I don’t go to many movies. I find most of them too violent or crass for my well being but, I went to Lion recently and it moved me and motivated me to write this blog.
The main character in Lion, a small boy named Saroo, gets stuck on an empty deadheading train and ends up 1500 kilometres from his home. He survives a few months on the streets of Kolkata before being sheltered and then adopted. The story thus far is a true one but it is not a rare one. I won’t give away the ending.
In India the story of children ending up on the streets happens – for one reason or another – about 80,000 times each year with a cummulative 11 million children currently enduring their existence on the streets instead of having a childhood and chance at thriving not just surviving.
Last year I had the chance to take a City Walk of the Paharganj neighbourhood in Delhi with a guide who was rescued from a life on the streets by a Non-Profit Organization called Salaam Balaak Trust. Perhaps if I tell you what I learned on that walk, you might like to join the #lionheart movement launched by the movie producers to support a few of the organizations in India working to improve the lives of India’s street children.
Salaam Balaak (which means Hello Children) started in Mumbai after director Mira Nair made a movie called Salaam Bombay in 1988 to reveal the lives of street children. Her film won many awards and the trust fund and empowerment project was born out of wanting to have a lasting vehicle to help the children that were the subject of the movie. Over 50,000 children have been removed from street life since the trust’s inception. In Delhi there are almost 7000 removed from the streets and brought into the program each year.
The City Walks aspect of the program, is an outreach to help people understand the root causes of how children end up on the streets, what their life is like and what Salaam Balaak’s actual day-to-day work with the children looks like. What are the reasons you think lead to a child ending up on the street?
Running away from a bad situation? Good answer and yes, many children have run away from abusive parents or step-parents. Some have escaped kidnappers. Those two ideas may not surprise you but these other reasons might.
How about the fact that many children just get lost in the crowds during festival time. Festivals can involve millions of people. Families are large and hard to keep track of. If you watch the movie Lion, you’ll see it’s easier for a child to get lost than you’d imagine.
Some children actually leave home because they’ve seen Bollywood movies and dream their life will be like that when they get to the big city. Some want a chance at education. Some are running away from the education system. Some are victims of natural disasters that have left them orphaned.
I asked my guide how they do it? How do they survive? How do they make money?
He explained – very kindly and matter of factly – that many get jobs. They shoeshine, they rag pick and many become pick pockets. They can make up to 10,000 rupees (about $200 CDN) a day pick pocketing. Some children become prostitutes. This happens to girls especially.
Girls runaway for their own set of reasons beyond the ones I’ve already mentioned. Many are escaping (illegal but still persistent) dowry systems and child bride schemes. Many have fundamentalist parents who would not let them marry who they wished. They make 2-300 rupees each time they sell their body for sex and on average they service 12 – 20 customers a day.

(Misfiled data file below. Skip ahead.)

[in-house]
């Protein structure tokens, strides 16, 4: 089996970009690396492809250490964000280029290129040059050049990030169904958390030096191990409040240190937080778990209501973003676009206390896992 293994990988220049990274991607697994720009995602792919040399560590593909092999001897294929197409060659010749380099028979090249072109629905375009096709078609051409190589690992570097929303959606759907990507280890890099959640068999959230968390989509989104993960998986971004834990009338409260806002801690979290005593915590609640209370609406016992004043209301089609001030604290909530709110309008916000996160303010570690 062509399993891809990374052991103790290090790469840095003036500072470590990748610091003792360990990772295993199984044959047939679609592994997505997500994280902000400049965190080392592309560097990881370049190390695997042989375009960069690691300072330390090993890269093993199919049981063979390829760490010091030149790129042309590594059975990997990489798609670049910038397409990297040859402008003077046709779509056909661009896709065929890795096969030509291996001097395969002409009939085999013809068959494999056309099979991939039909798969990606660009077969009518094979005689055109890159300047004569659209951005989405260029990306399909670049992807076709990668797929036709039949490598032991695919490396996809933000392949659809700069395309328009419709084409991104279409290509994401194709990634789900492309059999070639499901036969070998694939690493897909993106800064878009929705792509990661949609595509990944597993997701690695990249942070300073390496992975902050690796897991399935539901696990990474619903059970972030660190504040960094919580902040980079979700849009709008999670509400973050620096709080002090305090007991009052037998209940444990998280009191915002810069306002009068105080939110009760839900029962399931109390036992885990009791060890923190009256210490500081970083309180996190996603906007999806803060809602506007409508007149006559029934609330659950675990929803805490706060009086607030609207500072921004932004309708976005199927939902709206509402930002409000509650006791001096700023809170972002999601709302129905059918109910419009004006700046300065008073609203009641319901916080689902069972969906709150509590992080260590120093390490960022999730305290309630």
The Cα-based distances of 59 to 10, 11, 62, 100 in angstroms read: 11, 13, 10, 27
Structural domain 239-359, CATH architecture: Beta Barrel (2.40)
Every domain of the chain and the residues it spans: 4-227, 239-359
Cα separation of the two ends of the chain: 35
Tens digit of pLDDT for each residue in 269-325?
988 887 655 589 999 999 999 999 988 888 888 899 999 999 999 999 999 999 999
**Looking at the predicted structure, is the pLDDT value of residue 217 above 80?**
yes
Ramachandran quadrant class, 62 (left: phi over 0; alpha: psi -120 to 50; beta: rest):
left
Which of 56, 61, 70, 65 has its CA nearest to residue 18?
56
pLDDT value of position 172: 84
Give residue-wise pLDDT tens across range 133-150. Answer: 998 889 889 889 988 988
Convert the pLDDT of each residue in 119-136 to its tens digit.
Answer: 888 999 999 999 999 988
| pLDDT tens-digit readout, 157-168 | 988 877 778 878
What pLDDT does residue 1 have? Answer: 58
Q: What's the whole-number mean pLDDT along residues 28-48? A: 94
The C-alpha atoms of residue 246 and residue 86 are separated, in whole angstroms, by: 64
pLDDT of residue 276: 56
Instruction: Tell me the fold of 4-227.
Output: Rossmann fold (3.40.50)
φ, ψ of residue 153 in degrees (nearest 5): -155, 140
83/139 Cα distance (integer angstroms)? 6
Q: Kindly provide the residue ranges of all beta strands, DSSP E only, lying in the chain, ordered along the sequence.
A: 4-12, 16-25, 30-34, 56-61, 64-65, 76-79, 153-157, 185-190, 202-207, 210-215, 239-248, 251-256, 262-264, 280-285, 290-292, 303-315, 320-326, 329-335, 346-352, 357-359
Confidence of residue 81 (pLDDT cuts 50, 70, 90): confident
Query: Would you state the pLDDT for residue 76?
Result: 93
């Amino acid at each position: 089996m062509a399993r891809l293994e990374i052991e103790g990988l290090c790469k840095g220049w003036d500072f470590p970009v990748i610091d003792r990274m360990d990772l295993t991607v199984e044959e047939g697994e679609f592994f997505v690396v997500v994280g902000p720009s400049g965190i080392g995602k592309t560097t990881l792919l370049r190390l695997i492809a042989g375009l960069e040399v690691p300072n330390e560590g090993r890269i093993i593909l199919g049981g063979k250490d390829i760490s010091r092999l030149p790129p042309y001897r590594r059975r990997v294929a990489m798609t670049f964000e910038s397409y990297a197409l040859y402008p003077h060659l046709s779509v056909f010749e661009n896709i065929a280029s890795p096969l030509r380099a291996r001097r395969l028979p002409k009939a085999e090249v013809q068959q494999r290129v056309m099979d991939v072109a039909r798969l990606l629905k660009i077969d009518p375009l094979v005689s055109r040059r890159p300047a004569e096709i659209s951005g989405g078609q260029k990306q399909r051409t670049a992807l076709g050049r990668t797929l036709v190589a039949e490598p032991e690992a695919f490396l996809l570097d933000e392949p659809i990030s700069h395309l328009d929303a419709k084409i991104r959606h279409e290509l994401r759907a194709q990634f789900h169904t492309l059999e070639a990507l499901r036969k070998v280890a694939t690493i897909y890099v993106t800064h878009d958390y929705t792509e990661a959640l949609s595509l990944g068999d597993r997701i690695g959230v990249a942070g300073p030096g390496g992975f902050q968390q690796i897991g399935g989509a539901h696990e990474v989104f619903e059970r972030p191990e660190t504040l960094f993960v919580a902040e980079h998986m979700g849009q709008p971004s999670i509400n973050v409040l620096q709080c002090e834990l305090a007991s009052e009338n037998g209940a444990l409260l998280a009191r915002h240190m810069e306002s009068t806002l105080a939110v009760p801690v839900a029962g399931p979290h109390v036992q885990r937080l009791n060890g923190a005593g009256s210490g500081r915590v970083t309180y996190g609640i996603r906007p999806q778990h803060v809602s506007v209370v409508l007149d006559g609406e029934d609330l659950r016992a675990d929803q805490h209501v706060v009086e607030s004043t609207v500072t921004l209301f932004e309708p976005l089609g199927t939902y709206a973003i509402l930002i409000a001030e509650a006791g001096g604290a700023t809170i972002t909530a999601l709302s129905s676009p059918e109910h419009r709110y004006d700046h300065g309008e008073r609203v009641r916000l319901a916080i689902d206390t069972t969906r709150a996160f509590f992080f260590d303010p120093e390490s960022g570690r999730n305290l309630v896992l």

What do these children do with the money they make?
They can’t save it. They’ve no where to put it. They can’t have a bank account because they’ve no identification or papers.
One thing they don’t spend their money on is food. There are enough Sihk langars (kitchens) with free food that they can always find a meal.
Spending money on the escapism drugs promise is an obvious temptation. On our tour we saw a few youth walking the streets huffing glue or sniffing nail polish on our walk. I would have missed it but the guide pointed them out.
Movies are the favourite thing to spend money on. Kids with a bit of money will go to two or three movies in a row. The theatres provide shelter for a bit. They can sleep or do drugs in relative safety.
Touring one of the shelters I met a classroom of teenaged boys. One boy read to them. Our guide was working on his high school diploma and had a dream of going to school to become a tourism industry guide. Through my friends in Delhi we were able to find him a place to “shadow” a guide.
After visiting the head office and dropping off piles of toothbrushes, toothpaste and school supplies that I’d dragged from Canada I felt a bit ridiculous when the administrator thanked me but said, there are days when she has lots of supplies but no money to buy food for the children. I won’t make that mistake again. Money would have helped more.
Fortunately, each year a portion of the profits of my partner companies in India, Indus Travels and Hi Tours, goes to support Salaam Balaak Trust. Each year when I travel to India, I choose an empowerment project to support financially and I did make up for the piles of toothbrushes before leaving the offices.
I am happy to learn that the people at Lion are supporting two other charities with similar ideals and goals: Magic Bus and Railway Children. Magic Bus educates at risk children and provides them with the life skills necessary to move out of poverty. Railway Children works with kids living on the streets and railways stations in order to prevent them from being exploited or abused. Follow the links to see how you can make a difference.
When the problem is big, if everyone makes a small difference it will add up. The most important thing is that just like little Saroo we must NEVER GIVE UP. Here’s Sia’s song, now the theme song of the movie, to help you feel that sentiment in your bones. Take it into 2017 with a lion heart of your own.